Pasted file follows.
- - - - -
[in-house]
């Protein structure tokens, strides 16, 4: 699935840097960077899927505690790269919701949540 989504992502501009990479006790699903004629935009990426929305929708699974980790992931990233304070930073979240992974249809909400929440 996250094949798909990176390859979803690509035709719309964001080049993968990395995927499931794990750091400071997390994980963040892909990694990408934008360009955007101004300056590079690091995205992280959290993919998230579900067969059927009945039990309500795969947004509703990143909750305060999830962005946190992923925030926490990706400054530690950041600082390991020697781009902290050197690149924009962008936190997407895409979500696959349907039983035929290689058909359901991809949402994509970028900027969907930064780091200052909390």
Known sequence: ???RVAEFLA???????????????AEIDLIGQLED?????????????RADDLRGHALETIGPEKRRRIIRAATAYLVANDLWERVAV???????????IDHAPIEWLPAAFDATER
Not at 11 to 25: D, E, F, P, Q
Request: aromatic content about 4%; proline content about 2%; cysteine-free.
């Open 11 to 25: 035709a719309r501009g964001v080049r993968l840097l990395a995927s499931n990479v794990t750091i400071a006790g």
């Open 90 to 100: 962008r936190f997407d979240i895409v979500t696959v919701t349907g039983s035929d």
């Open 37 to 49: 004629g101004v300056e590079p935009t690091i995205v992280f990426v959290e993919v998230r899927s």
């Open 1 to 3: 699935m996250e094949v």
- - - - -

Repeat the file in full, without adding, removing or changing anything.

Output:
[in-house]
């Protein structure tokens, strides 16, 4: 699935840097960077899927505690790269919701949540 989504992502501009990479006790699903004629935009990426929305929708699974980790992931990233304070930073979240992974249809909400929440 996250094949798909990176390859979803690509035709719309964001080049993968990395995927499931794990750091400071997390994980963040892909990694990408934008360009955007101004300056590079690091995205992280959290993919998230579900067969059927009945039990309500795969947004509703990143909750305060999830962005946190992923925030926490990706400054530690950041600082390991020697781009902290050197690149924009962008936190997407895409979500696959349907039983035929290689058909359901991809949402994509970028900027969907930064780091200052909390």
Known sequence: ???RVAEFLA???????????????AEIDLIGQLED?????????????RADDLRGHALETIGPEKRRRIIRAATAYLVANDLWERVAV???????????IDHAPIEWLPAAFDATER
Not at 11 to 25: D, E, F, P, Q
Request: aromatic content about 4%; proline content about 2%; cysteine-free.
């Open 11 to 25: 035709a719309r501009g964001v080049r993968l840097l990395a995927s499931n990479v794990t750091i400071a006790g």
């Open 90 to 100: 962008r936190f997407d979240i895409v979500t696959v919701t349907g039983s035929d």
């Open 37 to 49: 004629g101004v300056e590079p935009t690091i995205v992280f990426v959290e993919v998230r899927s």
């Open 1 to 3: 699935m996250e094949v």